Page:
This was one of the weirdest flags to ever grace a CTF, in my humble opinion. This was a fun flag to set up because it highlights one of the problems with 2FA systems – namely that cell phone text messages use an insecure radio protocol and may be intercepted. This isn’t a dire vulnerability – 2FA via text message is still a lot more secure than not using 2FA, especially since the requirements to actually receive someone SMS are quite challenging.
Our flag was meant to highlight the weakness of SMS, but without requiring rocket science nor legally sketchy ground in the form of cell phone interception. In this case, we used the much simpler POCSAG protocol on unlicensed spectrum so that we wouldn’t be violating any FCC rules.
Page Me Maybe was a triple threat challenge. Players had to set up an SDR listener, and muck with a web application, in order to find the answer. We didn’t want to make things too difficult, so we at least gave them some solid clues as to what frequency to monitor, and where the web application was.
A test page sent by one of the players
Throughout the contest, we had a 2FA transmitter operating. It sent an ‘encrypted’ POCSAG pager message every few minutes. Players who set up their SDR were able to see the text message 115E21503C16361115780B0B76007600 transmitted to pager ID #17713 throughout the contest. Note that the frequency used is not actually a POCSAG frequency, although our Apollo pagers can receive messages on the frequency we chose.
A little background on how paging systems operate may be in order. Pagers are very much still in use in certain industries, including industrial and hospital use.
POCSAG pagers in an area generally share the same frequency. A pager knows that it is supposed to receive a transmission by way of a CAPCODE, which is a header on the message that includes a pager ID. The CAPCODE doesn’t offer any real security, it is just a way of filtering out pages that a user is not interested in. Pagers can have their CAPCODE configured by their end user, and most pagers support multiple CAPCODEs. So, a user can eavesdrop on other people’s pages by simply entering a target CAPCODE. For hospitals, this can be advantageous: a specialized doctor can have several CAPCODEs in their pager, including a personal one for messages that are pages for that specific doctor, as well as a hospital-wide CAPCODE, so that the hospital can quickly page all staff during a mass-casualty event. Of course, the same rules apply to industrial applications.
The CTF POCSAG web application was a very simple interface which allowed a user to manually transmit a test message to the pager of their choice (their choice limited to ‘J1’ and ‘J2’ for two Judge pagers). A look behind the scenes at the web code also showed that there was a hidden field on the form with a Debug flag (by default set to false). When set to True, this would greatly help players beat the challenge, by showing them the encrypted data as web application output. We added this in case players got stuck setting up their SDR listener.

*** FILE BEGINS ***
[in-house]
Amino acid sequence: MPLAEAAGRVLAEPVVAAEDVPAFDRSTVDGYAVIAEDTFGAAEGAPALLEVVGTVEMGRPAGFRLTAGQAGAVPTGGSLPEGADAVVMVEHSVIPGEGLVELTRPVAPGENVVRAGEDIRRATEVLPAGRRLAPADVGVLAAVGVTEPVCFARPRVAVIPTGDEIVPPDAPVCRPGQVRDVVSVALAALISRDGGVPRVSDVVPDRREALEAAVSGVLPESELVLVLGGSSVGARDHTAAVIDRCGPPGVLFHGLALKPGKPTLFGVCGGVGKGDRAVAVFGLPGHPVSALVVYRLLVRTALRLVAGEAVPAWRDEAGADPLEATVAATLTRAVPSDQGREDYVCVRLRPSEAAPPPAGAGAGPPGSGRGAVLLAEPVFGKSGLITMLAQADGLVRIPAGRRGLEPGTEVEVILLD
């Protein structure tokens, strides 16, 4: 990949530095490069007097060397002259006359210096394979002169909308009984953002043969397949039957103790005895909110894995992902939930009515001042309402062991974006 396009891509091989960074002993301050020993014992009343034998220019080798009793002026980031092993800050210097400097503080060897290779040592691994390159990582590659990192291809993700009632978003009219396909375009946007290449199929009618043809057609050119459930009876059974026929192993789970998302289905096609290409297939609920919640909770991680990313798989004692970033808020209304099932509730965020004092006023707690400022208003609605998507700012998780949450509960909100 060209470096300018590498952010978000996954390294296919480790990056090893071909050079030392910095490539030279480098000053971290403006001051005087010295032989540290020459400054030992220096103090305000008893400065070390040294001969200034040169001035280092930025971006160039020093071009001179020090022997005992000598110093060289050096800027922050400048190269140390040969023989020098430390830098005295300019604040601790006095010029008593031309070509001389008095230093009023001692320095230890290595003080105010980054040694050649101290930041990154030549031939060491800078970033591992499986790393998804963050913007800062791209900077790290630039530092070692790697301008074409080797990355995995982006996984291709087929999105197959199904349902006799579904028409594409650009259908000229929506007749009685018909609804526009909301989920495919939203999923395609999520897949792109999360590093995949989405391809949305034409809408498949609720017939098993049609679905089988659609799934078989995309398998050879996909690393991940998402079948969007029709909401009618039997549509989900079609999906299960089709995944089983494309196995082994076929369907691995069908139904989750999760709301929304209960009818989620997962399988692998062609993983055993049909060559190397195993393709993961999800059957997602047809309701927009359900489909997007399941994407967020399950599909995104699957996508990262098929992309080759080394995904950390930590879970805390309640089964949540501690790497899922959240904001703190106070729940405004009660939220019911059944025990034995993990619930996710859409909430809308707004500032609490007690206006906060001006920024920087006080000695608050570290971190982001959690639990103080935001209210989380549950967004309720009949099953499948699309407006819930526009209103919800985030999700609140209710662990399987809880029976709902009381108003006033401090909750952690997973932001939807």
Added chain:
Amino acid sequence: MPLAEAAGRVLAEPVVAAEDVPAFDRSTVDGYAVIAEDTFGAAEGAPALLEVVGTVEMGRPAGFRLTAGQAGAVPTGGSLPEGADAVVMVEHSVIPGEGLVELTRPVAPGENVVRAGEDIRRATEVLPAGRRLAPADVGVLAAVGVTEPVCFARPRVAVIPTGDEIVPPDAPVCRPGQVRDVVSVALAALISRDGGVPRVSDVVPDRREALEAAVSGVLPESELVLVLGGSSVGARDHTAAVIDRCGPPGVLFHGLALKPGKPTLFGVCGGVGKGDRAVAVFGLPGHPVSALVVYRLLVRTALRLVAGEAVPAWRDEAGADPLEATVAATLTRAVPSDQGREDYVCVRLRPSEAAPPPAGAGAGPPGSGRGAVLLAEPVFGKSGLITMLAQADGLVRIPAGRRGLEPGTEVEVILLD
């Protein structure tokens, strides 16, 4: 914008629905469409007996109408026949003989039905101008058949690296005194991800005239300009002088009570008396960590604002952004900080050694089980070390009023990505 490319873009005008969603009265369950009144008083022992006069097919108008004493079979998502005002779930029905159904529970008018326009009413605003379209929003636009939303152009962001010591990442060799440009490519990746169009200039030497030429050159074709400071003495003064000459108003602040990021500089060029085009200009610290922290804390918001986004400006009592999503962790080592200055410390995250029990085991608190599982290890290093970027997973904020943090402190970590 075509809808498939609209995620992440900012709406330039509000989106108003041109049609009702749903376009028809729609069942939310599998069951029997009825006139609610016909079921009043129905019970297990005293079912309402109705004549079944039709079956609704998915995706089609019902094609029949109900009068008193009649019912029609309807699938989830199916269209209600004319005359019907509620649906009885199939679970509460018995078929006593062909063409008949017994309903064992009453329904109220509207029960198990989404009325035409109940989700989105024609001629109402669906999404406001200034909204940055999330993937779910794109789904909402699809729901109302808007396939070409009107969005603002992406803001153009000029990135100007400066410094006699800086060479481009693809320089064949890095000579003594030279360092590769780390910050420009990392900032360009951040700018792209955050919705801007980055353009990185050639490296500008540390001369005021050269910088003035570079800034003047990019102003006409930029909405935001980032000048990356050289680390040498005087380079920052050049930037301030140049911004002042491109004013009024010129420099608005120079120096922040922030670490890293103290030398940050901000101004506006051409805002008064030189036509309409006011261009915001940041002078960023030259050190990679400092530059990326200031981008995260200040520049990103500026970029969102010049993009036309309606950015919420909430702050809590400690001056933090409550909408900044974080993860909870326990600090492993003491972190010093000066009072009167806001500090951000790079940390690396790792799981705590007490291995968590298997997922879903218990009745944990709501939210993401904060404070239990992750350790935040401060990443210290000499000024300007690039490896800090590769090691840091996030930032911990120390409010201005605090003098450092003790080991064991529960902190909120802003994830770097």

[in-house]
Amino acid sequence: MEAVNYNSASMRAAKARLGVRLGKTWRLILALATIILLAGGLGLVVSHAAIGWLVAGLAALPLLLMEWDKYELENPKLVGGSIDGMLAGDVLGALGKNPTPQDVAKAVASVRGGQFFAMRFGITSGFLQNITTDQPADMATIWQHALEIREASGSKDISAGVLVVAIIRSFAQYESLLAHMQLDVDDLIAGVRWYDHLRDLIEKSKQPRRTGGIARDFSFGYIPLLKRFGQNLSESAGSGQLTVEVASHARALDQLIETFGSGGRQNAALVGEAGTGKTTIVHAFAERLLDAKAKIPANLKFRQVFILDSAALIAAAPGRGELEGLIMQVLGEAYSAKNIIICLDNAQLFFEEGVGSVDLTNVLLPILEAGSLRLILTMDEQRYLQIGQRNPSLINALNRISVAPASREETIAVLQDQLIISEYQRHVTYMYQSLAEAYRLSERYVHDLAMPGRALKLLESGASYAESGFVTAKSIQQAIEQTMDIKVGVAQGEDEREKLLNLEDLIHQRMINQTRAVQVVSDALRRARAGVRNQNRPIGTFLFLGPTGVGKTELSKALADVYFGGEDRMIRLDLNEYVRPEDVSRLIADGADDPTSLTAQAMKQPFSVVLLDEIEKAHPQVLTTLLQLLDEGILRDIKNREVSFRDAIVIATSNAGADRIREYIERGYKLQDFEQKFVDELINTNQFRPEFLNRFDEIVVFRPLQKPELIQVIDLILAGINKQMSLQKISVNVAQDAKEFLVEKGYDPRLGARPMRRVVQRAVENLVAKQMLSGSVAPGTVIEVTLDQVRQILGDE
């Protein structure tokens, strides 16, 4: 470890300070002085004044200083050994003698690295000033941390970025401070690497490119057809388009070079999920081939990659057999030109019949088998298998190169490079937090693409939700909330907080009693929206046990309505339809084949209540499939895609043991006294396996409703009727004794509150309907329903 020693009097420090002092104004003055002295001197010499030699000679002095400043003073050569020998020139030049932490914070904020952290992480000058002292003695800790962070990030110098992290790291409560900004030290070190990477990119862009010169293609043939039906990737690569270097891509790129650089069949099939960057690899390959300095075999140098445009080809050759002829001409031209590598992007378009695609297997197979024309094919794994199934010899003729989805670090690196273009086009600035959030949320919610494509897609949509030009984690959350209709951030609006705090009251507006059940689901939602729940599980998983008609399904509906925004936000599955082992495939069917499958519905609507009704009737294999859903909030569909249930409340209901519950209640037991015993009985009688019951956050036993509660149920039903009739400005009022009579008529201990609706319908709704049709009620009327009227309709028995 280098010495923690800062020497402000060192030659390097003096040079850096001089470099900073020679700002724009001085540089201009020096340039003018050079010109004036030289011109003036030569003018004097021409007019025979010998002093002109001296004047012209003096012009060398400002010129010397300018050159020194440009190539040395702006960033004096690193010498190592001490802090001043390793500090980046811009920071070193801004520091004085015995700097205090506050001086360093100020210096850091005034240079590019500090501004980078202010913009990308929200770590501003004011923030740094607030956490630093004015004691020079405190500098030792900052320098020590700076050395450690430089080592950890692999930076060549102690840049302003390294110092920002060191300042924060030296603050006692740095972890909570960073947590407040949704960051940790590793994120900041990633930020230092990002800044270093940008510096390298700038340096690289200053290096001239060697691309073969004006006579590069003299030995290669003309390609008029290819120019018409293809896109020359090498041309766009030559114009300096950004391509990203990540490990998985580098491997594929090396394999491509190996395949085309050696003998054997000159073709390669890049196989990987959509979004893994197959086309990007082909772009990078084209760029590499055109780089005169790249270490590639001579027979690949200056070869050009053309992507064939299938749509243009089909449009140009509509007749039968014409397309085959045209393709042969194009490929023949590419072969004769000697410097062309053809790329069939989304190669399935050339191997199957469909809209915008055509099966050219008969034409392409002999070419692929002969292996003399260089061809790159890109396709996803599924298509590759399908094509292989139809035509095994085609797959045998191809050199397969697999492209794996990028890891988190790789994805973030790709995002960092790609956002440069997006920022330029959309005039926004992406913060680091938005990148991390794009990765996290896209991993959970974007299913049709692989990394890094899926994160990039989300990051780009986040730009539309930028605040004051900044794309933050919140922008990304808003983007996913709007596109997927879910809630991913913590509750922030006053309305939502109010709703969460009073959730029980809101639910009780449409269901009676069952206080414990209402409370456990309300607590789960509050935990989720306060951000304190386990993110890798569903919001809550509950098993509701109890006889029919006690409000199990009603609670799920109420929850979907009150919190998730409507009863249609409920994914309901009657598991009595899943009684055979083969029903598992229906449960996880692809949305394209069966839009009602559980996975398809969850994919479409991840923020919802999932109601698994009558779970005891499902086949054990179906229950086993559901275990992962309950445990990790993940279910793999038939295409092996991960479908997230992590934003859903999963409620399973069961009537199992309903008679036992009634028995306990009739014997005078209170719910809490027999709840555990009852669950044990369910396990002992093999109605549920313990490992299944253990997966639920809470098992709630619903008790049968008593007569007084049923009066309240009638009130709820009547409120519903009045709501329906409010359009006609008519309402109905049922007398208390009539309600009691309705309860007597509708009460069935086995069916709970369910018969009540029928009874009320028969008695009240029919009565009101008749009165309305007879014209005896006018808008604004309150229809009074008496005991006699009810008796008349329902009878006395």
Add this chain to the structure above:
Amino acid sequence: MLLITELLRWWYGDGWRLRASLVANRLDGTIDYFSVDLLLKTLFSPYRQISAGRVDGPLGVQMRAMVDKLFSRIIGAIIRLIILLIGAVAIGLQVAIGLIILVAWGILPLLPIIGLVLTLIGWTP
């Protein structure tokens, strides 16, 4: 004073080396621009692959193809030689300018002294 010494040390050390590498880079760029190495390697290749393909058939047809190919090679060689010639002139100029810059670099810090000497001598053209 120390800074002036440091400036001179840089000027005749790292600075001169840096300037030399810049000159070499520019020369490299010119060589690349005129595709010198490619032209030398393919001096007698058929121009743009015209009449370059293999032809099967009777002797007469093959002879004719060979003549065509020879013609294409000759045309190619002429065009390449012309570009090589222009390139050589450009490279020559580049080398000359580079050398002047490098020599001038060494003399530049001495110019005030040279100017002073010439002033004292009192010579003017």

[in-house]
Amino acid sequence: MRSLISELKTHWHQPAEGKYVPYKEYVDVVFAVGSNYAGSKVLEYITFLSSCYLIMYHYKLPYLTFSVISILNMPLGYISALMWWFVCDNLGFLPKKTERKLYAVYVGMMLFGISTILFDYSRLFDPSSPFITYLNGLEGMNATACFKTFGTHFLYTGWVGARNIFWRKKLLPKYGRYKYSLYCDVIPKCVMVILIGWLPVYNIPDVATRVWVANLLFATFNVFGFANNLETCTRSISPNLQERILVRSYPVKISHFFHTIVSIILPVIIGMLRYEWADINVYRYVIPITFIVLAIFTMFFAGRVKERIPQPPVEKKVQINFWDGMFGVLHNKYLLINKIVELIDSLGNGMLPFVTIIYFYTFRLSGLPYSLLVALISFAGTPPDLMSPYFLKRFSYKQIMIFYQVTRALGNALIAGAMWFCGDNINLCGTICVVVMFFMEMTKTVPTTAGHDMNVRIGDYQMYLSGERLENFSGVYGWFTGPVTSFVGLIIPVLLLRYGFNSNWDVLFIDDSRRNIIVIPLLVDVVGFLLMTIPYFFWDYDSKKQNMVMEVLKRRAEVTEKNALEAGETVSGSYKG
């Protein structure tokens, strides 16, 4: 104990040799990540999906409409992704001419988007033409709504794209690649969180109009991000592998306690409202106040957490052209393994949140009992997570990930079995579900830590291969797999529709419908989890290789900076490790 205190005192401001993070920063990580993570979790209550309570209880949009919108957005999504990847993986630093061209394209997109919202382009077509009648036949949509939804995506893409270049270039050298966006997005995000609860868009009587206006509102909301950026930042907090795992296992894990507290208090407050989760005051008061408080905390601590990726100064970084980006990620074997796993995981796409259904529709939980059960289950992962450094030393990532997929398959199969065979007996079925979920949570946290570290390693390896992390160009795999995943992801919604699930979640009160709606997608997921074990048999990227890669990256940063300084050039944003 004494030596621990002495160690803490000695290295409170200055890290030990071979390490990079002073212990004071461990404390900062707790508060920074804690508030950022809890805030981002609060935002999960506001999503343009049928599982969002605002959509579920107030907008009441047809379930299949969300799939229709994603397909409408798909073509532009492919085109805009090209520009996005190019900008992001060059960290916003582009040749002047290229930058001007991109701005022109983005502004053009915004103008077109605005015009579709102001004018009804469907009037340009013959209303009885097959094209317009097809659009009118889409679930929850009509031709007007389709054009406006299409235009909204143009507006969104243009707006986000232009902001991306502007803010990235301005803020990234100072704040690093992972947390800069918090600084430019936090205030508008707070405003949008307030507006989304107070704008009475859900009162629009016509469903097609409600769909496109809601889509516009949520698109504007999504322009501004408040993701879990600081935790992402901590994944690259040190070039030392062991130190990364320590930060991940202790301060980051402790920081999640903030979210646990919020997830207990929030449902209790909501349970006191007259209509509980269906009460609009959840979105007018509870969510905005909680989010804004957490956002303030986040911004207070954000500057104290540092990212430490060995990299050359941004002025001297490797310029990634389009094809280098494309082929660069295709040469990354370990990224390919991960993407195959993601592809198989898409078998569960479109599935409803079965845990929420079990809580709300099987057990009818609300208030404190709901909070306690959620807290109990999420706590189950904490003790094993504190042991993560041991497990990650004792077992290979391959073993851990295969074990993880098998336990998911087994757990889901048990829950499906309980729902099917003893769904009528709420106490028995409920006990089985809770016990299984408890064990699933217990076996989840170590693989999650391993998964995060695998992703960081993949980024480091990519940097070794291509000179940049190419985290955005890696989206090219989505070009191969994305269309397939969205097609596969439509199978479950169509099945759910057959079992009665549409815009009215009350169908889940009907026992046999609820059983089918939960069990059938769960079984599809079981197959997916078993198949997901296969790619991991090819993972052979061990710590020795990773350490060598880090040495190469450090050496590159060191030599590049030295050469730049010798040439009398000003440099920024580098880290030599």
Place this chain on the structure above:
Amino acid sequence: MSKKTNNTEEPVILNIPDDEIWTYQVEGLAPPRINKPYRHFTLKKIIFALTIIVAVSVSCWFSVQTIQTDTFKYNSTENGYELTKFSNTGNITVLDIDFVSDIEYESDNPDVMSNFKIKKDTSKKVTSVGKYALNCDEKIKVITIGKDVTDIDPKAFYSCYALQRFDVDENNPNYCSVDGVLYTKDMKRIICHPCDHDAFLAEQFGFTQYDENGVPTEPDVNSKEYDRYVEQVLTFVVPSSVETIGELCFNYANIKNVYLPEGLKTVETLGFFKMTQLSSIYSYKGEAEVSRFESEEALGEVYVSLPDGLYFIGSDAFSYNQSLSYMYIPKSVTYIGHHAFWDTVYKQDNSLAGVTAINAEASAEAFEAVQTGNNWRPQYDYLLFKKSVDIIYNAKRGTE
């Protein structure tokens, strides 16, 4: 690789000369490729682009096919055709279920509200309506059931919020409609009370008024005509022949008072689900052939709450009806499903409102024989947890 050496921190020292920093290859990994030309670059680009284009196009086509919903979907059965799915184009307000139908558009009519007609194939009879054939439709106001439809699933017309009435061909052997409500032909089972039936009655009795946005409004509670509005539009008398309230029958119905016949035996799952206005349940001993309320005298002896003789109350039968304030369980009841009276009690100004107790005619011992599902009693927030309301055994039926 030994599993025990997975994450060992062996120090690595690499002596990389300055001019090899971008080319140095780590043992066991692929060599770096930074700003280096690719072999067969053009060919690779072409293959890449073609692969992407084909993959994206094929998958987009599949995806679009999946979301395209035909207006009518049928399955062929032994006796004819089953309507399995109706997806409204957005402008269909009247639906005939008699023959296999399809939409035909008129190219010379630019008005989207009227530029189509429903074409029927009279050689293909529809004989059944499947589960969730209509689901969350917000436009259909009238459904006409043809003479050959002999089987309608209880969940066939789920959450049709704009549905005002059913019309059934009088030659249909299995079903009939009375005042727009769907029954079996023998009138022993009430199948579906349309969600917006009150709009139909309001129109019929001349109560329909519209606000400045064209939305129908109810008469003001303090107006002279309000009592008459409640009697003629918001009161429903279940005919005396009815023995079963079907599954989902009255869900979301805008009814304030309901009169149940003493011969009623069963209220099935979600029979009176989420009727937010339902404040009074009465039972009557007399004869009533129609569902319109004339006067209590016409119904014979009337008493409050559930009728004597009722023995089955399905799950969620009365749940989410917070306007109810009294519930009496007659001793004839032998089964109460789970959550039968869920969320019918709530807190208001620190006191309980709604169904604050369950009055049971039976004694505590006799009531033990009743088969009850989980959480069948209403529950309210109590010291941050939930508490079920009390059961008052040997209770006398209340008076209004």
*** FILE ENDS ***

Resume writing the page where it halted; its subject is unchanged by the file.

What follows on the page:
A player is successfully receiving the 2FA pin message with ‘encrypted’ data
The actual message transmitted to the pager is in hexadecimal notation, so the message itself has to be quite small. The pager protocol doesn’t have a limit on the size of pages, but most pagers can only display 80 characters on their small screens. When encoded as hexadecimal, this limits a message to 40 characters that may be displayed on our Apollo pager.
Since players could transmit their own message to the Judge pagers, they could begin attacking the cryptography. The first thing to spot is that if you send the same message to the J1 and the J2 pagers, they don’t differ very much:
The second thing to spot is that if we send a page to J1, the RF signal sent the page to the pager with ID 18993 decimal, which corresponds to 0x4131, which is ‘J1’ in ASCII. Likewise if the player chose to send their message to J2, the page would transmit with the POCSAG ID of 18994 decimal (‘J2’ in ASCII). Further, when we XOR our plaintext message with the encrypted message to Judge 1, we get ‘J1J1J1J1J1J1J1J1…’ as the output.
This is basic XOR encryption, and the system is set up to use the target pager ID as the encryption key. Armed with this knowledge, players could decrypt the actual 2FA page, which was 17713 (0x4531 decimal, or ‘E1’ for Engineer #1). Once decoded, they would see the page message with the text “Today’s PIN:3131”. They then had the flag.
The code for this flag is available on Reid’s github page: https://github.com/reidmefirst/S4x17CTF/tree/master/PageMeMaybe . Note that it requires an installation of GNU radio, and is set up to use a HackRF as the pager transmitter. Also note that the TX stage of some HackRFs can be a bit finicky – one of our units receives POCSAG pages just fine, but transmitted a very dirty signal that could not be received by our Apollo pagers from more than a few inches away. We settled on a second HackRF unit that did not have the TX problem, and were able to receive a clean signal from about 100 feet away from our transmitter – good enough for CTF work, and quite good considering the low transmit that a HackRF is limited to. The code may be useful for people in building a home automation or security project, for example a pager that beeps when someone enters their garage at night…
Special thanks to Digital Bond alum Stephen Hilt for building the first working pocsag_tx module.